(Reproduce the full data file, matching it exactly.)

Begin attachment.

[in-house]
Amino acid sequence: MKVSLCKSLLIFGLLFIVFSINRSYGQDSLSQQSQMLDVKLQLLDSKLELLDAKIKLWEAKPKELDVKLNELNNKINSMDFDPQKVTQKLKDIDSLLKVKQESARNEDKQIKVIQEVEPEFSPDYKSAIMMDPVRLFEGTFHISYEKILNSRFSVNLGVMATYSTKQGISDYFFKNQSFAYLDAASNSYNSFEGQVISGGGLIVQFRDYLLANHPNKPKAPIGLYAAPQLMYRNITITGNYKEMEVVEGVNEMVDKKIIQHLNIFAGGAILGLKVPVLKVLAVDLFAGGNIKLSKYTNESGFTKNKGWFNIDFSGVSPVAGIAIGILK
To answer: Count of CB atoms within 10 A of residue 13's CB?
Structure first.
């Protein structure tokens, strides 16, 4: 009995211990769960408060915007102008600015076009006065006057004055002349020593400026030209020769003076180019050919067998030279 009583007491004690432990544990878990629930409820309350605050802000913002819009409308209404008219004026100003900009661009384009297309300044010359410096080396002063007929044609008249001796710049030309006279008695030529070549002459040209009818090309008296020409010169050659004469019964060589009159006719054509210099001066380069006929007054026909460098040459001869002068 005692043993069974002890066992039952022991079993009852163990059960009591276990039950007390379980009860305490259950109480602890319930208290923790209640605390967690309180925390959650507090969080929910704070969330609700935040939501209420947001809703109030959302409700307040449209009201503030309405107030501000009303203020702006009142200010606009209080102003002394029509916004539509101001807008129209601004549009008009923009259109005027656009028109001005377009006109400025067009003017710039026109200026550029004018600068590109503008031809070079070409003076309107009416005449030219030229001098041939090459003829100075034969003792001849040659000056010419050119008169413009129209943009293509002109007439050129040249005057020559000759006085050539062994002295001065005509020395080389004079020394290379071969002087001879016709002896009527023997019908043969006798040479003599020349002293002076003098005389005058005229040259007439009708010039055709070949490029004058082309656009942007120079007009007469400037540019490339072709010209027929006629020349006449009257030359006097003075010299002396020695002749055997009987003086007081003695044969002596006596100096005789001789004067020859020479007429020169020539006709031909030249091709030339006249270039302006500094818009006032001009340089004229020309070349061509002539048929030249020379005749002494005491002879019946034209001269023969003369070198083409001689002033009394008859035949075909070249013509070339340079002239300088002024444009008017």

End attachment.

[in-house]
Amino acid sequence: MKVSLCKSLLIFGLLFIVFSINRSYGQDSLSQQSQMLDVKLQLLDSKLELLDAKIKLWEAKPKELDVKLNELNNKINSMDFDPQKVTQKLKDIDSLLKVKQESARNEDKQIKVIQEVEPEFSPDYKSAIMMDPVRLFEGTFHISYEKILNSRFSVNLGVMATYSTKQGISDYFFKNQSFAYLDAASNSYNSFEGQVISGGGLIVQFRDYLLANHPNKPKAPIGLYAAPQLMYRNITITGNYKEMEVVEGVNEMVDKKIIQHLNIFAGGAILGLKVPVLKVLAVDLFAGGNIKLSKYTNESGFTKNKGWFNIDFSGVSPVAGIAIGILK
To answer: Count of CB atoms within 10 A of residue 13's CB?
Structure first.
């Protein structure tokens, strides 16, 4: 009995211990769960408060915007102008600015076009006065006057004055002349020593400026030209020769003076180019050919067998030279 009583007491004690432990544990878990629930409820309350605050802000913002819009409308209404008219004026100003900009661009384009297309300044010359410096080396002063007929044609008249001796710049030309006279008695030529070549002459040209009818090309008296020409010169050659004469019964060589009159006719054509210099001066380069006929007054026909460098040459001869002068 005692043993069974002890066992039952022991079993009852163990059960009591276990039950007390379980009860305490259950109480602890319930208290923790209640605390967690309180925390959650507090969080929910704070969330609700935040939501209420947001809703109030959302409700307040449209009201503030309405107030501000009303203020702006009142200010606009209080102003002394029509916004539509101001807008129209601004549009008009923009259109005027656009028109001005377009006109400025067009003017710039026109200026550029004018600068590109503008031809070079070409003076309107009416005449030219030229001098041939090459003829100075034969003792001849040659000056010419050119008169413009129209943009293509002109007439050129040249005057020559000759006085050539062994002295001065005509020395080389004079020394290379071969002087001879016709002896009527023997019908043969006798040479003599020349002293002076003098005389005058005229040259007439009708010039055709070949490029004058082309656009942007120079007009007469400037540019490339072709010209027929006629020349006449009257030359006097003075010299002396020695002749055997009987003086007081003695044969002596006596100096005789001789004067020859020479007429020169020539006709031909030249091709030339006249270039302006500094818009006032001009340089004229020309070349061509002539048929030249020379005749002494005491002879019946034209001269023969003369070198083409001689002033009394008859035949075909070249013509070339340079002239300088002024444009008017």